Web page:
Malware associated with a Russian hacking operation, Grizzly Steppe, was found on a Burlington Electric computer. It appears as though Russia was trying to access the power grid; however, the infected computer was not connected to the network.
“Vermonters and all Americans should be both alarmed and outraged that one of the world’s leading thugs, Vladimir Putin, has been attempting to hack our electric grid, which we rely upon to support our quality-of-life, economy, health, and safety,” Vermont Governor Shumlin said in a statement. “This episode should highlight the urgent need for our federal government to vigorously pursue and put an end to this sort of Russian meddling.”
Senator Patrick J. Leahy said, “This is beyond hackers having electronic joy rides — this is now about trying to access utilities to potentially manipulate the grid and shut it down in the middle of winter,” Leahy said in a statement. “That is a direct threat to Vermont and we do not take it lightly.”
Representative Peter Welch said, “It’s systemic, relentless, predatory.They will hack everywhere, even Vermont, in pursuit of opportunities to disrupt our country. We must remain vigilant, which is why I support President Obama’s sanctions against Russia and its attacks on our country and what it stands for.”
According to the Department of Homeland Security:
GRIZZLY STEPPE: Russian Malicious Cyber Activity
Russia’s civilian and military intelligence services engaged in aggressive and sophisticated cyber-enabled operations targeting the U.S. government and its citizens. The U.S. Government refers to this activity as GRIZZLY STEPPE. These cyber operations included spearphishing campaigns targeting government organizations, critical infrastructure entities, think tanks, universities, political organizations, and corporations, and theft of information from these organizations. This stolen information was later publicly released by third parties.
In operations targeting other countries, including U.S. allies and partners, Russian intelligence services (RIS) have undertaken damaging or disruptive cyber-attacks, including on critical infrastructure—in some cases masquerading as third parties or hiding behind false online personas designed to cause the victim to misattribute the source of the attack.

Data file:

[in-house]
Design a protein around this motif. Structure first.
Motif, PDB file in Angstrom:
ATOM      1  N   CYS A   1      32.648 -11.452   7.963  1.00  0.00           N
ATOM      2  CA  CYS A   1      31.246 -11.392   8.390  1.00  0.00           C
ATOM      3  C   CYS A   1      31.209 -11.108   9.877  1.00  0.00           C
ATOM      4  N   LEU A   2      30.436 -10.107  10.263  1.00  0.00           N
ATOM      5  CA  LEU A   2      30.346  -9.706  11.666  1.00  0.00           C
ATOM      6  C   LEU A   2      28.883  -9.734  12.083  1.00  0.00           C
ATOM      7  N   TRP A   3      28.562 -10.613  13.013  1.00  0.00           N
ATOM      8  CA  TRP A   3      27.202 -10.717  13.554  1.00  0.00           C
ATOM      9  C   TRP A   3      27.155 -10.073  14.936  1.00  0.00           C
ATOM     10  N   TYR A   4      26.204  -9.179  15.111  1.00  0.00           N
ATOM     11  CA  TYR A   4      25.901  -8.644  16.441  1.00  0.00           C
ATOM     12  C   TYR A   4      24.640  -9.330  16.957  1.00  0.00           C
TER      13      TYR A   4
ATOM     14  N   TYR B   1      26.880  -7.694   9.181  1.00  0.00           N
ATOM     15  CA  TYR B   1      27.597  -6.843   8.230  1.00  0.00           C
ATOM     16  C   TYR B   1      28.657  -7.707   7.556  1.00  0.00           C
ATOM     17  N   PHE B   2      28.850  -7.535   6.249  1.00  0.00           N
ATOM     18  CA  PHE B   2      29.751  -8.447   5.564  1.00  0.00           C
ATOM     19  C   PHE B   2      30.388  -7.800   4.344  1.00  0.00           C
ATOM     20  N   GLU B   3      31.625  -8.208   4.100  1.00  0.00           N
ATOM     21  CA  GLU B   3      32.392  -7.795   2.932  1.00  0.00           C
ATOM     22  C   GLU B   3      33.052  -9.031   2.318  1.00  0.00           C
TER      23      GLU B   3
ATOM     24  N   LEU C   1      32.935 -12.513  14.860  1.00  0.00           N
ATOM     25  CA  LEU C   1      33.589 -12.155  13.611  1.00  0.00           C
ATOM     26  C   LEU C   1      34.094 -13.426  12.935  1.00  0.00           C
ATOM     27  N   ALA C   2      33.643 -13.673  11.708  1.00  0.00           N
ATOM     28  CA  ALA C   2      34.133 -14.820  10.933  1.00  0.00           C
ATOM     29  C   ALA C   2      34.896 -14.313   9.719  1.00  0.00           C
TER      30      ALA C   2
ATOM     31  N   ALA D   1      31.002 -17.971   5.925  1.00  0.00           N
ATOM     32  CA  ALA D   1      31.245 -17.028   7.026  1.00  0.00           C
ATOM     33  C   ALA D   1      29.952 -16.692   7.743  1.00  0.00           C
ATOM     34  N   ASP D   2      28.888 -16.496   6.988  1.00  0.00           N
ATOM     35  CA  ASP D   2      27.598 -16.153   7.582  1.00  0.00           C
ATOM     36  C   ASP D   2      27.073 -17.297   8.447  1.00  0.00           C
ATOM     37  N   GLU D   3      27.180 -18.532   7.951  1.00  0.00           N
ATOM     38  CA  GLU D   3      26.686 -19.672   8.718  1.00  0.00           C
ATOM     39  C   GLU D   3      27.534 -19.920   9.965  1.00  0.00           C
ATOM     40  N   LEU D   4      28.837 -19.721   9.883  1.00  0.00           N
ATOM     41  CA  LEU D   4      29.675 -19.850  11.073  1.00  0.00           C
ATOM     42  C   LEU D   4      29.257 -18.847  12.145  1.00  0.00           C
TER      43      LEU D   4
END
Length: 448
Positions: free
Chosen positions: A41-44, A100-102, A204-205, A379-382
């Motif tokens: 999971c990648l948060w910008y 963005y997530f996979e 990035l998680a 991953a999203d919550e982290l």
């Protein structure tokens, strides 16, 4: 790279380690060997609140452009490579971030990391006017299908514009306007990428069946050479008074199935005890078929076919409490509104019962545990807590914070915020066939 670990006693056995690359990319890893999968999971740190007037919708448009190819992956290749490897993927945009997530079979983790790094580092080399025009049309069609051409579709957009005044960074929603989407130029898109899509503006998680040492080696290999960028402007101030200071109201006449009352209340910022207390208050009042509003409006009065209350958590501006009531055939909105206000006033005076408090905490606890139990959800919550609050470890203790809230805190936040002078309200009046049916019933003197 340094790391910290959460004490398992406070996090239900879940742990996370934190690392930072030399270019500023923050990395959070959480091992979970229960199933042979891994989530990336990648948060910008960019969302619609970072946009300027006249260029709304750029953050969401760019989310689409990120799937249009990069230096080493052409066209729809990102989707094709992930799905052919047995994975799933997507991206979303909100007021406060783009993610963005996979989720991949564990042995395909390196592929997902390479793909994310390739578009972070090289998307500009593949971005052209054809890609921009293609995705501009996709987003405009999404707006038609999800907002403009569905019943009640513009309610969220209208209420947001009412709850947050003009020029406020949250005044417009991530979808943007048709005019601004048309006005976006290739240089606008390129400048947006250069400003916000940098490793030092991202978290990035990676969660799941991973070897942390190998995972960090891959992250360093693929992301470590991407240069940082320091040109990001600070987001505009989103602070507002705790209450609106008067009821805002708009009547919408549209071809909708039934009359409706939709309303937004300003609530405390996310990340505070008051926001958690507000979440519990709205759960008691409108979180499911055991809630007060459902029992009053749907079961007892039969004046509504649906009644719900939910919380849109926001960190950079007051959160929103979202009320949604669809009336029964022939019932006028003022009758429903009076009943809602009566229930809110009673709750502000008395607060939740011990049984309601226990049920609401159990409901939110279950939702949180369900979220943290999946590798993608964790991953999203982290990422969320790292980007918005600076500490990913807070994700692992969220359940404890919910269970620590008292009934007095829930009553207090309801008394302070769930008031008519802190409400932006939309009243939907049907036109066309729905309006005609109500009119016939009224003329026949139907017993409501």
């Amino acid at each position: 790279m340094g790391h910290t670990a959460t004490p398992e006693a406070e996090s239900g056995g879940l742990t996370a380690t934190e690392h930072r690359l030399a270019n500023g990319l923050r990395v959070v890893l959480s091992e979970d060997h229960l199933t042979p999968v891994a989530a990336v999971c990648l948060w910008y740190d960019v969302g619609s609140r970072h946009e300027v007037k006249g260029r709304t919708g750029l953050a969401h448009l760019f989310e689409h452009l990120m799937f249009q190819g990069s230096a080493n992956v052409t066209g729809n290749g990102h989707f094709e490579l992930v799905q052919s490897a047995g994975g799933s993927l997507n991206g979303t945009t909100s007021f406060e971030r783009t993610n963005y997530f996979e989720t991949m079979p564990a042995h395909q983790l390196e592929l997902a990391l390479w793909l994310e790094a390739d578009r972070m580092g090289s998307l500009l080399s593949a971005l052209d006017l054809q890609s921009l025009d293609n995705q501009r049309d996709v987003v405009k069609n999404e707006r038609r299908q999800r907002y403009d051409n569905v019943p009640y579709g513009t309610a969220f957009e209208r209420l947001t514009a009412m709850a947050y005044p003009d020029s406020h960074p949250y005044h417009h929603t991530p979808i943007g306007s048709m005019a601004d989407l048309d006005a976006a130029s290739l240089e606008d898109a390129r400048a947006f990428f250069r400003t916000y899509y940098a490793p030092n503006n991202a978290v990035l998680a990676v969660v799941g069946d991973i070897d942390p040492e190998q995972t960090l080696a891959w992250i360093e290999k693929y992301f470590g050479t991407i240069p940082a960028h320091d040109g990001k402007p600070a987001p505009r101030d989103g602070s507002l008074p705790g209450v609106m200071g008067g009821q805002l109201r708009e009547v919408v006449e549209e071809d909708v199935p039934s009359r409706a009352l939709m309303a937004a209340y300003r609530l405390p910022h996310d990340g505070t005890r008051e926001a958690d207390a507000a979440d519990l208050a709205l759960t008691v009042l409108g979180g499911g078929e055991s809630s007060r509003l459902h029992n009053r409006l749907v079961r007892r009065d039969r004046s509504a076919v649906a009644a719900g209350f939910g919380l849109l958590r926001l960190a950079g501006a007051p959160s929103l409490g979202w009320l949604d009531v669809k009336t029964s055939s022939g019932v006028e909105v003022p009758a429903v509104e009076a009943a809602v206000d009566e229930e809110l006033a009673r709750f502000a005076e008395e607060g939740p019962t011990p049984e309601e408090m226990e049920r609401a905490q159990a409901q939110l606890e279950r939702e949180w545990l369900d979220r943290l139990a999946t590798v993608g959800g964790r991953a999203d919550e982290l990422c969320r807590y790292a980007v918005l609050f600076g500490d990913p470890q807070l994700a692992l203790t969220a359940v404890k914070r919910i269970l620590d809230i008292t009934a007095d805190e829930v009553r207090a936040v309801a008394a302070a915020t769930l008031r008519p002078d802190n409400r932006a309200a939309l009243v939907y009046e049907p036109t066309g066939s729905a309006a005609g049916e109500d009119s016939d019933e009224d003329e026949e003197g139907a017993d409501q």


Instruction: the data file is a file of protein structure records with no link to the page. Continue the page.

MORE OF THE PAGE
How Do Russian Intelligence Services Operate in Cyberspace?
RIS often uses spearphishing to gain access to targeted systems (see Figure 1 below). In one 2015–16 operation (detailed in our Joint Analysis Report (JAR)), Russian cyber actors conducted a spearphishing campaign to establish presence and persistence on a target network, obtain higher-level privileges, and steal (or “exfiltrate”) information.
These actors tricked recipients into changing their passwords through a fake website that was designed by the Russians cyber actors to appear legitimate. The actors then used those credentials—the username and password—to access the network as if they were legitimate users. They installed other malicious files, moved freely throughout the target network, gathered data and information, and exfiltrated it from the target network. Russian cyber actors continue to conduct spearphishing campaigns, including one launched as recently as November 2016, just days after the U.S. election.
What is the U.S. Government Doing?
The Department of Homeland Security (DHS) and Federal Bureau of Investigation (FBI) released a Joint Analysis Report (JAR), which provides details of the tools and infrastructure used by Russian intelligence services (RIS) to compromise and exploit networks and infrastructure associated with the recent U.S. election, as well as a range of U.S. government, political, and private sector entities. The JAR also arms network defenders with the tools they need to identify, detect, and disrupt Russia’s global campaign of malicious cyber activity. We urge users and administrators to use this information to better protect your networks.